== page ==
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Incentives: Recession makes money-off vouchers a more desirable incentive

Few employers can offer experiences such as balloon flights or exotic holidays in the current climate. Money-off vouchers now have wider appeal to cash-strapped staff.

What do cash-strapped employees really want as rewards when times are tight - a nice-to-have (but hardly necessary) 'experience' such as a balloon flight or a trip away? Or would they much rather have down-and-dirty, good old-fashioned money in their pockets? It is a question that no longer seems to be as snobbish as it once was. Money may have appeared 'tacky' in more buoyant times, but there are signs that the tools to retain happy employees - benefits and incentives - are increasingly going back to basics, with more interest in money-off vouchers and coupons.

Kevin Harrington, development director at Sodexho, believes the time is right for this type of benefit to come to the fore again. "Smaller benefits like vouchers can work very well in this climate," he says. "People want help with more basic things now. The difficulty with other fiscal-based rewards, such as bonuses, is that they tend to get rolled into everything else, food, bills, etc. Coupons, however, are more meaningful, and can be used to reduce household expenditure. Companies that spend, say, 3% of payroll on rewards can easily add vouchers to daily targets. Employees can then also focus on smaller rewards and build them up into something bigger."

Despite the economic gloom, the emerging picture of the incentives market is its use of vouchers as rewards. A survey by the CIPD this year found just over a quarter of UK companies were running a rewards strategy while 24% plan to take this approach this year (see box, p38). According to incentive provider Grass Roots, which ran a survey of 800 incentives buyers, many companies are also looking to retain their incentives budgets, yet fewer of them are spending it on the typical 'trip abroad' for the top performers, something that normally ends up being won by the same old faces. Employers have instead moved away from this to something that is more encompassing.

One company that has launched a scheme along these lines is EasyJet. Three years ago it introduced Going the Extra Mile (GEM) offering rewards staff can bank online and redeem for vouchers. Two factors about the scheme were it was easily measurable and allows employees to nominate colleagues. Andy Turnbull, organisational development manager at EasyJet, says: "We haven't had to put a lot of money into it but people are still willing to take part." He also adds the scheme is perfectly suited for the downturn. He says: "We're not planning to change anything for this year. But rewards are generally a pretty good thing to have in our sector."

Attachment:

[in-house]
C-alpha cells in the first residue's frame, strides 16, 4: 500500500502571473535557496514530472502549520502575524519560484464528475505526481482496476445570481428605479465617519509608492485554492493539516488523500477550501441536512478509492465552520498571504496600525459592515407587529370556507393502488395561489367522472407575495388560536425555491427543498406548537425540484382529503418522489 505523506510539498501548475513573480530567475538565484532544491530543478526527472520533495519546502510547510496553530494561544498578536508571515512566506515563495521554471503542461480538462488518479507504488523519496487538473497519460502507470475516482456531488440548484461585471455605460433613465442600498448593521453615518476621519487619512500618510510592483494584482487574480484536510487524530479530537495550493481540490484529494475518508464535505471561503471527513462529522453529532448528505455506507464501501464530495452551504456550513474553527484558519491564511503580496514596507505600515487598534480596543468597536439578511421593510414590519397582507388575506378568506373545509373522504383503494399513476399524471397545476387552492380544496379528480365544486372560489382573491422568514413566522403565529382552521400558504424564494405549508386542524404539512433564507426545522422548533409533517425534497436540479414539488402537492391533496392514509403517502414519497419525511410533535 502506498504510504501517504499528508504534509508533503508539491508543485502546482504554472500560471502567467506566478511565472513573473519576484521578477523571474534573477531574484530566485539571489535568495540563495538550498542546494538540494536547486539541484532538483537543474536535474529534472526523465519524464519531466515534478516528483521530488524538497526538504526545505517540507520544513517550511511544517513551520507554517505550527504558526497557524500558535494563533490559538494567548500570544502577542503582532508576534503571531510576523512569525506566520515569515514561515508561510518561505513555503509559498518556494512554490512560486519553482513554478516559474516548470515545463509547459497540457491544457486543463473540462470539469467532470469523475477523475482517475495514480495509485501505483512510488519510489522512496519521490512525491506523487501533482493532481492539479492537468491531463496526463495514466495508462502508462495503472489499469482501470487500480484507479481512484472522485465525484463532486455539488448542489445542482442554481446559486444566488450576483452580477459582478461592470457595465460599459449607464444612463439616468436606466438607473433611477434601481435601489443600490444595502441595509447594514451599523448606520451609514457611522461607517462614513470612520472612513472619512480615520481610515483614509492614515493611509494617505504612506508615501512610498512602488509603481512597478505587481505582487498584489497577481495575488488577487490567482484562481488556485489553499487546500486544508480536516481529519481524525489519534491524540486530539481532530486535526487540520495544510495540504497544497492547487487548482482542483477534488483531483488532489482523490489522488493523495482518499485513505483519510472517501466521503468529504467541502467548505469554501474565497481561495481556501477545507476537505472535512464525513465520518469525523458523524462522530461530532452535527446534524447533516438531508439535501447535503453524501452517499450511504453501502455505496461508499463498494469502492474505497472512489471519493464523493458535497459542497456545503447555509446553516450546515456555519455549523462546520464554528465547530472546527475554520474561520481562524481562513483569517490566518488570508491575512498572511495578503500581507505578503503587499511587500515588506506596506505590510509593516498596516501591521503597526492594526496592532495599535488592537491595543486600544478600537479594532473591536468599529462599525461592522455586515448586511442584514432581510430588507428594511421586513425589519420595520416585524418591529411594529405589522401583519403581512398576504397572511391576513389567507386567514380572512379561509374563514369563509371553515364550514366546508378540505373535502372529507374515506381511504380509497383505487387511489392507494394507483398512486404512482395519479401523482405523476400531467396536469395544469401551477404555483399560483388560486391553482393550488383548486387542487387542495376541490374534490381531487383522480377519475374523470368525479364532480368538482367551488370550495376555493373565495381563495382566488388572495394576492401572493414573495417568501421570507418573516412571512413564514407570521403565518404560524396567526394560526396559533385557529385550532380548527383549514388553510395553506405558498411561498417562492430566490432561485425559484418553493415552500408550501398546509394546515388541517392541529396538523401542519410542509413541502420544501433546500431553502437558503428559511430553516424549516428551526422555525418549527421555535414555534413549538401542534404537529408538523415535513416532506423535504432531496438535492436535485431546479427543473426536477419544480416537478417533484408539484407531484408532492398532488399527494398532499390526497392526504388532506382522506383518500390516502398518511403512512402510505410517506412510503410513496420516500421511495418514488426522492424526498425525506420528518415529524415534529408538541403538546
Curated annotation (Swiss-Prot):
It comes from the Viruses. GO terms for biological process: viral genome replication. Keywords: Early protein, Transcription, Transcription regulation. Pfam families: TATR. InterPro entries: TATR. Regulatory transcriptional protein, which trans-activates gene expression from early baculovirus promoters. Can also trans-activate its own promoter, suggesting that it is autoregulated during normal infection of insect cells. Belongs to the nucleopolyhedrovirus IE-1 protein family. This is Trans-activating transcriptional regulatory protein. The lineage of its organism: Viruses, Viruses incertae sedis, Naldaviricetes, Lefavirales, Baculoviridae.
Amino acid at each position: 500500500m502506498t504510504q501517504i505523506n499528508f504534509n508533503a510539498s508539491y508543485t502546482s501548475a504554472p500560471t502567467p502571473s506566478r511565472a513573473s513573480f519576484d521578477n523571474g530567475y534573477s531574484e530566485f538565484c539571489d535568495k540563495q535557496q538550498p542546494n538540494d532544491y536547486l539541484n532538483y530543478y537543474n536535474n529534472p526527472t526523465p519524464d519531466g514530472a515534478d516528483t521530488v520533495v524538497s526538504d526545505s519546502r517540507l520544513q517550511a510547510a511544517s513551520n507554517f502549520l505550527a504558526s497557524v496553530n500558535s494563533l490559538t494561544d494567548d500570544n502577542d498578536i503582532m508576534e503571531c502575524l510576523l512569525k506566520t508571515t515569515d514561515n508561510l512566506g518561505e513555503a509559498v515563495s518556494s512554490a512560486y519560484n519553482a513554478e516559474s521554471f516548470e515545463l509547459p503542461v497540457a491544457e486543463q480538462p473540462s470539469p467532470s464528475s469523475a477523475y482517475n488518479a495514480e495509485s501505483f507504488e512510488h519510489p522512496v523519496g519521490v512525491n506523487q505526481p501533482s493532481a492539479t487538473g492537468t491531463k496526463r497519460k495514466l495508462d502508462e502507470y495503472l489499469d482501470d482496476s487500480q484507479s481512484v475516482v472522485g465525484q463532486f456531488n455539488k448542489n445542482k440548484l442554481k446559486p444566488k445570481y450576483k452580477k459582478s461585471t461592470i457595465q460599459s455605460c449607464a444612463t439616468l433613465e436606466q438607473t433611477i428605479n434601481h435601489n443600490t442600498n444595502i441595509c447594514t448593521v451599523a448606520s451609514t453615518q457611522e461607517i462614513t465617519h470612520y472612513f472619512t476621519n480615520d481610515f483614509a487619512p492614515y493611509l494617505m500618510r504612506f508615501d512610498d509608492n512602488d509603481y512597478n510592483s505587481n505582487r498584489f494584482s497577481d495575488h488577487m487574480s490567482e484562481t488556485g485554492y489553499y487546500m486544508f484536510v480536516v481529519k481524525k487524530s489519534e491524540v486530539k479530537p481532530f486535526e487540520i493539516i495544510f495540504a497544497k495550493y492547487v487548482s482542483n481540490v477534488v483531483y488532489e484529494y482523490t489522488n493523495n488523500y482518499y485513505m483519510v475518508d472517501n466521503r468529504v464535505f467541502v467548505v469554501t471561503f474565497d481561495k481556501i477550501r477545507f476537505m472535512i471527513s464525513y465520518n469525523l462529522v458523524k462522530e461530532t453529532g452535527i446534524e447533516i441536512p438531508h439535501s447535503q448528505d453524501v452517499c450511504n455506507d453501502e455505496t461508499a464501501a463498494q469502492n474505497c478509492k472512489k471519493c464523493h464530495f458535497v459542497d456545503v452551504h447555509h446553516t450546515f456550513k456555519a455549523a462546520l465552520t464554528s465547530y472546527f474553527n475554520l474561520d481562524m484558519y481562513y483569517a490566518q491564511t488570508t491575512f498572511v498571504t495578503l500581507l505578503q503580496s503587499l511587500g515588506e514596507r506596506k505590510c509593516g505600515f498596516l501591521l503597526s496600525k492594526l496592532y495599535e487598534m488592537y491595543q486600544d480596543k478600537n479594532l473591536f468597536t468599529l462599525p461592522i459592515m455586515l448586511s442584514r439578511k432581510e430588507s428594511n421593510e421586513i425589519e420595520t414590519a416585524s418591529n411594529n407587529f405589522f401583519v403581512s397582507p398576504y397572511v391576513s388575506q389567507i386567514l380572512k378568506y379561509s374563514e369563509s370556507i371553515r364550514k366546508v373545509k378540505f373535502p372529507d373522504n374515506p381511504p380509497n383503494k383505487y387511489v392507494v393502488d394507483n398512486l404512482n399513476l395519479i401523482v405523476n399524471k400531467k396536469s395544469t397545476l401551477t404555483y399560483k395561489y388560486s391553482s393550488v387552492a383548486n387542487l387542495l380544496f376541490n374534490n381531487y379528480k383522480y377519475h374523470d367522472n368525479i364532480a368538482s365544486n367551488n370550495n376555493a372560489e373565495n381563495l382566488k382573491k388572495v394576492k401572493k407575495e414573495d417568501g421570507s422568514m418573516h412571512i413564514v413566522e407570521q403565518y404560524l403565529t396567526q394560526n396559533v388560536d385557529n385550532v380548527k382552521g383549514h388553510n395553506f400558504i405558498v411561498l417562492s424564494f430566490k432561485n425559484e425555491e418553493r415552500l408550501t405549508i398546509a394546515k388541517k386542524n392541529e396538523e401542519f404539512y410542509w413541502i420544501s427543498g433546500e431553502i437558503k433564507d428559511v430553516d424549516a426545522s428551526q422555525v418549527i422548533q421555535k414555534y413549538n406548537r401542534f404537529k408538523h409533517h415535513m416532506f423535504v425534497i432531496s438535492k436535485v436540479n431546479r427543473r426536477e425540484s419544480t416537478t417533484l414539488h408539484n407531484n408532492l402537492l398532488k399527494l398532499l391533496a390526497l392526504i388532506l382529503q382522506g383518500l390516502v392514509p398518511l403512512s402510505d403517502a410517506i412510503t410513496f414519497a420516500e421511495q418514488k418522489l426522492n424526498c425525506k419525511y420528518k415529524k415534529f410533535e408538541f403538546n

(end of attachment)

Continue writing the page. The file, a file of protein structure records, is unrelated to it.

Voucher credibility

But although back-to-basics money-off vouchers are being seen as a useful tool that helps staff with costs that are worrying them, the credibility of the voucher sector has been hit recently by the collapse of Woolworths and its voucher provider, Flogistics. The company, whose vouchers were also redeemable at Comet and B&Q, was one of the biggest business providers in the market. At the time Woolworths suspended trading, millions of vouchers were in circulation, many of which were being saved up by employees for a big purchase at Comet or B&Q. Overnight these two retailers pulled out of the scheme making the vouchers practically worthless and ruining the currency of many incentives schemes. Now many companies are concerned this could happen again and are insisting on checks. "Clients are asking to make sure we're secure," says Harrington.

Barring another Woolworths, a straw poll of companies from vouchers providers Love2Reward to reward specialist Projectlink Motivation revealed all were positive about the use of vouchers in a recession. The typical response was that in a time where employees know their jobs are under threat any pecuniary benefit would be welcomed.

On the other side of the fence, though, Lee French, director of benefits provider Alexander Forbes, warns benefits managers not to ignore other rewards, and that they should not put all their eggs in the vouchers basket. He says vouchers must simply be "part of the overall objective" in retaining and motivating employees.

Is this happening? Rather than companies moving in one particular direction, it appears there is some middle ground between incentives and benefits spend, with flexible benefits employees looking to save money on salary-sacrifice schemes such as Ride to Work and childcare vouchers. Rather than veering towards incentives or benefits, employees seem to be more motivated by saving or earning money.

This is backed up by Richard Davies, head of employee benefits at P&MM. Davies says salary-sacrifice schemes have become very important and cites the case of one company where take-up of childcare vouchers have risen by 30% out of 20,000 staff over the year. People are unlikely to get pay rises this year, he says. This means they are going to look to make savings. Other products include Holiday Plus, where workers can pay off parts of their holiday, and Greentravel2Work, where they can purchase annual train tickets tax-free.